By him and then by me in the park, no rhymes
I saw you, this is in prose, no it’s not
Sitting with the molluscs & anemones in an
Empty autumn enterprise baby you look pretty
With your long eventual hair, is love king?
What’s this? A sonnet? Love’s a babe we know that
I’m coming up, I’m coming, Shakespeare only stuck
You have to get young Americans some ice cream
In the artificial light in which she woke
I’m don’t consider myself a comfortable elegist (is anyone?), but reading of Alexander McQueen’s death this morning forces me to take up the mantle. I’m not a huge fashion-buff, but I made the walk past the McQueen store on 14th Street a highlight of my daily commute when I worked in Chelsea. His clothes seemed to me wild and well-tailored in the English way. His suits would have fit beautifully in this show at the V&A in London a few years back; he’s one of the only contemporary designers who would have fit, I think; and I mean fit while also doing his own, completely contemporary thing. That show, by the way, was a revelation.
So, Mr McQueen, we are sad that you are not with us anymore. Here is a tribute, from the inimitable Stevie Nicks as she gets done up for a Rolling Stone photo shoot.
I want to begin praising If There is Something to Desire by Vera Pavlova, translated by Steven Seymour (her husband, her muse! how romantic, how intrinsic!) released last month from Knopf, her first collection published in English. These one hundred poems go so far so terrifically fast (almost all under ten lines) that Pavlova seems to intentionally strive to increase poetry’s audience and relevance—this is, after all, Love in the Time of Tweets and Text Messages—with brevity and bravura; meditations for our culture’s dwindling (and, mostly, already shallow) attention spans. This Valentine’s day, send an entire poem to your dearest—take number 14 for example: the lengthy course of a relationship in eighty characters:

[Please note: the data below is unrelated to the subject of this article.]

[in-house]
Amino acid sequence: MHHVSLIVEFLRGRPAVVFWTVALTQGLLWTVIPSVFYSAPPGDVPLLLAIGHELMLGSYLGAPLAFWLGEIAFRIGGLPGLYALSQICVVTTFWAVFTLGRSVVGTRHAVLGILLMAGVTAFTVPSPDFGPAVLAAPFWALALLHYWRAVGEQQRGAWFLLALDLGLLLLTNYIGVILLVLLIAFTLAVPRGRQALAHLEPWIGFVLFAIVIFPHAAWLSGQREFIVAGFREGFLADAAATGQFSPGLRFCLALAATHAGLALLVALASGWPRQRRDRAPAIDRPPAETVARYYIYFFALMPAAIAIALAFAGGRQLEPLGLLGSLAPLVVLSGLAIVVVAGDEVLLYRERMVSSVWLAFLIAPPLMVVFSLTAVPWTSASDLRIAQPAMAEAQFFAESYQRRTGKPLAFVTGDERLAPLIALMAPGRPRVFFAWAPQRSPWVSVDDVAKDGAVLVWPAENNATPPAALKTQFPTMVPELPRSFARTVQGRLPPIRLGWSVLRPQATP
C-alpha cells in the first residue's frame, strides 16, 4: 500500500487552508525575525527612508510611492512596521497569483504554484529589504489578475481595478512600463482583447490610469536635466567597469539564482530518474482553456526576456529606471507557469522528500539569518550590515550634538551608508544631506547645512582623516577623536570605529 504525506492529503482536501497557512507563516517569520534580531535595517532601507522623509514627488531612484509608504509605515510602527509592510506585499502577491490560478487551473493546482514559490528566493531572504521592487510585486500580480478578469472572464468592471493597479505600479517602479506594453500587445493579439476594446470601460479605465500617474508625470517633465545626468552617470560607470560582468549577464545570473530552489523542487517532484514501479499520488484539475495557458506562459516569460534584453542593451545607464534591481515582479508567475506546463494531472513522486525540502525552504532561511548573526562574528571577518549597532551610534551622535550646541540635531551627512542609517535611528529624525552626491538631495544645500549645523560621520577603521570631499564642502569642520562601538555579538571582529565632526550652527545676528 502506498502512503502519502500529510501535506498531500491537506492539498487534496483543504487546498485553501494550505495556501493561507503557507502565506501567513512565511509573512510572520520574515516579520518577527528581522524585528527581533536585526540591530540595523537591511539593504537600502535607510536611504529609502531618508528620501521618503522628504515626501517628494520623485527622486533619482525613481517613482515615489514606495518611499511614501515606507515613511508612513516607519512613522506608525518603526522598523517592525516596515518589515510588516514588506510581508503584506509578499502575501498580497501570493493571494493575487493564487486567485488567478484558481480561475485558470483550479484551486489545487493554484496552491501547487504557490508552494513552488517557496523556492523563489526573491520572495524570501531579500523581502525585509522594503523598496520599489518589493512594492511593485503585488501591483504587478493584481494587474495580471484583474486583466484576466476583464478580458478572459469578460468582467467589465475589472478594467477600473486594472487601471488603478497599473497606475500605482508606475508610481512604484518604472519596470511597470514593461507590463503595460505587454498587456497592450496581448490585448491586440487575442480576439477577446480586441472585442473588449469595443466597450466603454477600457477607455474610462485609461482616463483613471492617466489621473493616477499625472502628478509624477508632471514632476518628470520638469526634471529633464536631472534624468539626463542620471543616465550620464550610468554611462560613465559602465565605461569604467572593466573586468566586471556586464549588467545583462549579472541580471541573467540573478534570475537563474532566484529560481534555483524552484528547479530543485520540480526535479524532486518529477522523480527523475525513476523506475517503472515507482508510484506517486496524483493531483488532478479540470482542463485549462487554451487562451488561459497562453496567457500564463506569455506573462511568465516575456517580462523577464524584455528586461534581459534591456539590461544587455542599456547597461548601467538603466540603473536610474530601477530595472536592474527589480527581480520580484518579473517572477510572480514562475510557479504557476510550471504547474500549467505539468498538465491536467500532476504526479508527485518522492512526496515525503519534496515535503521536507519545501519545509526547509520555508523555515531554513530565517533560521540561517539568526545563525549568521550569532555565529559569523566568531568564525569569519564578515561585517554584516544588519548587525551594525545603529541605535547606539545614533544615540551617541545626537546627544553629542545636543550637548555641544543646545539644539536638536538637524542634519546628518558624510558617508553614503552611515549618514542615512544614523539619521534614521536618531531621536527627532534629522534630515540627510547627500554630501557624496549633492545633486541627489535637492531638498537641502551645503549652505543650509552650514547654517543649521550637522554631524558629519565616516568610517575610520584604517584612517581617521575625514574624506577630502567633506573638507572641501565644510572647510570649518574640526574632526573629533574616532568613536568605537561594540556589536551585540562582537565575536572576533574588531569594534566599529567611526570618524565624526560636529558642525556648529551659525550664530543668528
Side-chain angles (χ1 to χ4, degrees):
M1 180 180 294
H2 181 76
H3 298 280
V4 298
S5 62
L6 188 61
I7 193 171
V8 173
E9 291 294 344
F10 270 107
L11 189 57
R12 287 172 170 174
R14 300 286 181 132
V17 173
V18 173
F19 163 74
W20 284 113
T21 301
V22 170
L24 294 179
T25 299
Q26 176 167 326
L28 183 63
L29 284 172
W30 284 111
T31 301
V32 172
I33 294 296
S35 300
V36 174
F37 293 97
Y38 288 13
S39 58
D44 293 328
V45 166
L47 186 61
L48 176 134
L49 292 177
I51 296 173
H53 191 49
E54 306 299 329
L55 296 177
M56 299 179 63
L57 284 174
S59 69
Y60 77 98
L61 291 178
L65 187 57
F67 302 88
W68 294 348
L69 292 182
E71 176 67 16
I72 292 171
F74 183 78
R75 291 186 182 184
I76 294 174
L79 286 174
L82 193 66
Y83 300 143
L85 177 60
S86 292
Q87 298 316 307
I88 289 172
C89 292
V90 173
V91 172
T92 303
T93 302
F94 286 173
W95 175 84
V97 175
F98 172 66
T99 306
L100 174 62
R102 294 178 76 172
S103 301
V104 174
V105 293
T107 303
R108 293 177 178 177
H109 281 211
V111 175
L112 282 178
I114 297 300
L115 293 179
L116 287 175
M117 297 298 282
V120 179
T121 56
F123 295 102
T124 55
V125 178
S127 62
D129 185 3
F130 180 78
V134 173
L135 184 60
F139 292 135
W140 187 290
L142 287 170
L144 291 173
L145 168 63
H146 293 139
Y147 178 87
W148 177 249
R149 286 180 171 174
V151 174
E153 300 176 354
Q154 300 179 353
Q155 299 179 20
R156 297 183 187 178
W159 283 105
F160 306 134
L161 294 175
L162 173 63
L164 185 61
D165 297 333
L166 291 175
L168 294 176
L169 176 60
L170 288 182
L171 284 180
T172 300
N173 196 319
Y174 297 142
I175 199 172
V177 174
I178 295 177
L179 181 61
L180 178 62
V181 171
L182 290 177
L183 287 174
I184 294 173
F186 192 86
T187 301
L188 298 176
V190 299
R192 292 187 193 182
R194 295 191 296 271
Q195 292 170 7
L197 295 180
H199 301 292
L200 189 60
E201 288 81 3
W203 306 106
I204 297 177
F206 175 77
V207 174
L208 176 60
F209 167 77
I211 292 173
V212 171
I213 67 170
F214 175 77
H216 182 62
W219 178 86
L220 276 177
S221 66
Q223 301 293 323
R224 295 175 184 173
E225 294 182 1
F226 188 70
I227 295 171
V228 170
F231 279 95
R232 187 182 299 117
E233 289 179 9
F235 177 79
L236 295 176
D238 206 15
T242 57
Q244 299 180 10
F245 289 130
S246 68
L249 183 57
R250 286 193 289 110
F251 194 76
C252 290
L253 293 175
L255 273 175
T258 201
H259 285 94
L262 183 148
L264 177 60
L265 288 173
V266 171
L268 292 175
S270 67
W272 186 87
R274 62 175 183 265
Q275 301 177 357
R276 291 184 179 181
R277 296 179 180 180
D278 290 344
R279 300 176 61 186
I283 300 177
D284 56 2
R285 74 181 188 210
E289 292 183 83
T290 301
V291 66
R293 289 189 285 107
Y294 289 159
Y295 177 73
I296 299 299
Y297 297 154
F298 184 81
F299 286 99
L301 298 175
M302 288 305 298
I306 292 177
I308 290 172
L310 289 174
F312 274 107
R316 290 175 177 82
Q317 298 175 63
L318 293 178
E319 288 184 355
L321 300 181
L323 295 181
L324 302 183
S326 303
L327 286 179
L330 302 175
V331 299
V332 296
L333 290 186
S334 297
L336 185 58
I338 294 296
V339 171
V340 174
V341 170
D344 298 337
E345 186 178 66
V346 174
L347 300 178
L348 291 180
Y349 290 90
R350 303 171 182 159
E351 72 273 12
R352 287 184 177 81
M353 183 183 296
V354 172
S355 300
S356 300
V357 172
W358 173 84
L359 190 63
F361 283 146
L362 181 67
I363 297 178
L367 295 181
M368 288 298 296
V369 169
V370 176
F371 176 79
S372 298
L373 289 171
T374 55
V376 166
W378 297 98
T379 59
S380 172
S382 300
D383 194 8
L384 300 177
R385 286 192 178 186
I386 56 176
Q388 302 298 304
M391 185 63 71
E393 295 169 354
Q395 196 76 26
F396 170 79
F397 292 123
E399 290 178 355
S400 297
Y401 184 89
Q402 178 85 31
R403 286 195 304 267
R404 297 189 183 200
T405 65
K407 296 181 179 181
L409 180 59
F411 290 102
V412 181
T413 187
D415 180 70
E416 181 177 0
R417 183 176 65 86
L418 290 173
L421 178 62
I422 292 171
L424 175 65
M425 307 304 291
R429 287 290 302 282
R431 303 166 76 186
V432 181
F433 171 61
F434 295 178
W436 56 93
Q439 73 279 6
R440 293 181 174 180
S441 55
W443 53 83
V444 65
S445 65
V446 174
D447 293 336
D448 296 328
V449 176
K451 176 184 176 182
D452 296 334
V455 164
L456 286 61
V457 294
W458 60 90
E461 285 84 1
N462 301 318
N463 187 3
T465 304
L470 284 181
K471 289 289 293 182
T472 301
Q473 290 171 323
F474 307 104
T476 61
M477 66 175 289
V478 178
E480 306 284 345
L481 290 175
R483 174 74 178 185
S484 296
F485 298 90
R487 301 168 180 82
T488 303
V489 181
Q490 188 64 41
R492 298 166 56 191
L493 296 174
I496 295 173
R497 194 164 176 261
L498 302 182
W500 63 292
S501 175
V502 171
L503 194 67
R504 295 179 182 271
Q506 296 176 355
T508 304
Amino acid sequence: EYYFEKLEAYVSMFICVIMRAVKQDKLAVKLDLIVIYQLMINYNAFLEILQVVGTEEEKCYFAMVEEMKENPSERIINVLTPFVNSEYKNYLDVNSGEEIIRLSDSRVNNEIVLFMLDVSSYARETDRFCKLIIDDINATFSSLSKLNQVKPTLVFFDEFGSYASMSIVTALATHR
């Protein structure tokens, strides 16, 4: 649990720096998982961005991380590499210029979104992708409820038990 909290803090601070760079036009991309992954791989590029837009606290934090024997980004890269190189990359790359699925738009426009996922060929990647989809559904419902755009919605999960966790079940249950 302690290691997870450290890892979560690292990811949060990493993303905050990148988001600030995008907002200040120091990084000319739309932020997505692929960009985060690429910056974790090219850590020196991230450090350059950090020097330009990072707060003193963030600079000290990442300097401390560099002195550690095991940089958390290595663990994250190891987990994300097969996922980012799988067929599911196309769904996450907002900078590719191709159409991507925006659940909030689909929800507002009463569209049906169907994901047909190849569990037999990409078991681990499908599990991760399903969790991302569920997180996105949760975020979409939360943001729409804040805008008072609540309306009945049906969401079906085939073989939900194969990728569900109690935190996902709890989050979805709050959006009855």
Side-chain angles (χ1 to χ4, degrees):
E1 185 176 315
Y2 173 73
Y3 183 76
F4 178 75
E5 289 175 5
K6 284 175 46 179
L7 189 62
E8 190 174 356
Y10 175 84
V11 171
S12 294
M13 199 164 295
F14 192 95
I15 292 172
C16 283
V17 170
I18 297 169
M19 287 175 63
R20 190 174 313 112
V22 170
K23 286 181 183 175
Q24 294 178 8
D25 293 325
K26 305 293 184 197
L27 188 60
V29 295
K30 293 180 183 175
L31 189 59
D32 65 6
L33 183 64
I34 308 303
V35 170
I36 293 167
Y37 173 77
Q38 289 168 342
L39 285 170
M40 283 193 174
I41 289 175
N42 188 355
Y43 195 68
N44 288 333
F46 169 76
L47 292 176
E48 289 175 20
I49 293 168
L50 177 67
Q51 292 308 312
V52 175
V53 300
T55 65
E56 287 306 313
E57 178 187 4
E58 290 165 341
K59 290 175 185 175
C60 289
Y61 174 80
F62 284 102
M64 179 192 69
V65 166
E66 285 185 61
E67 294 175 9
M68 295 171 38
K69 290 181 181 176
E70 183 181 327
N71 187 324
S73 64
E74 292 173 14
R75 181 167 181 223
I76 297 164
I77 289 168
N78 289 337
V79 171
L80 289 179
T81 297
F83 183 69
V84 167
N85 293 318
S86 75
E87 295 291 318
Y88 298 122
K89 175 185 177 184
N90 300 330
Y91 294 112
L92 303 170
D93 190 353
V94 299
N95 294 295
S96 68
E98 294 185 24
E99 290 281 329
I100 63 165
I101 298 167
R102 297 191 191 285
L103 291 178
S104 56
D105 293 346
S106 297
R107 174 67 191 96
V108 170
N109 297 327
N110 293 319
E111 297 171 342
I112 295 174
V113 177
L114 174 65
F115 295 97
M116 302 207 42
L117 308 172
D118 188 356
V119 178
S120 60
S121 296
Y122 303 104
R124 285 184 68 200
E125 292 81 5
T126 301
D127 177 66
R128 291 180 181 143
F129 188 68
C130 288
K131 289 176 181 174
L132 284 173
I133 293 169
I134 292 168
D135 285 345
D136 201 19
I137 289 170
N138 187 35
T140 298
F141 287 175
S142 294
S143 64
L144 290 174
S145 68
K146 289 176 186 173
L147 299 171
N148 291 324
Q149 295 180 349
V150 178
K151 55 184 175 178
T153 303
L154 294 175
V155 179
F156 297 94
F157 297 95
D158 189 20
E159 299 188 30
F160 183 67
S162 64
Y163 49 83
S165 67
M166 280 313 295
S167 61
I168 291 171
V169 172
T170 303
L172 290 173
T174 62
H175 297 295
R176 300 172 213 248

No love? Let us make it!
Done. Next? Let us make
care, tenderness, courage,
jealousy, glut, lies.
Now I want to follow Simone’s lead and leave you with a letter, from James Schuyler to Frank O’Hara, found in a charming pocket-sized edition from Turtle Point Press edited by William Corbett. Schuyler writes O’Hara with advice on what poems to include in the manuscript of Meditations in an Emergency, and in the process gives him the kind of generous encouragement we all need from time to time.
New York, New York
The old crank would like to see “in,” 3 Penny, Now I am quietly waiting, and There I could Never be a Boy.
Can you really leave out Debussy, which I love?
And there’s Les Etiquettes Jaunes, The Starts are tighter (with or without its last stanza, if its last stanza bothers you), and I like Morning very much.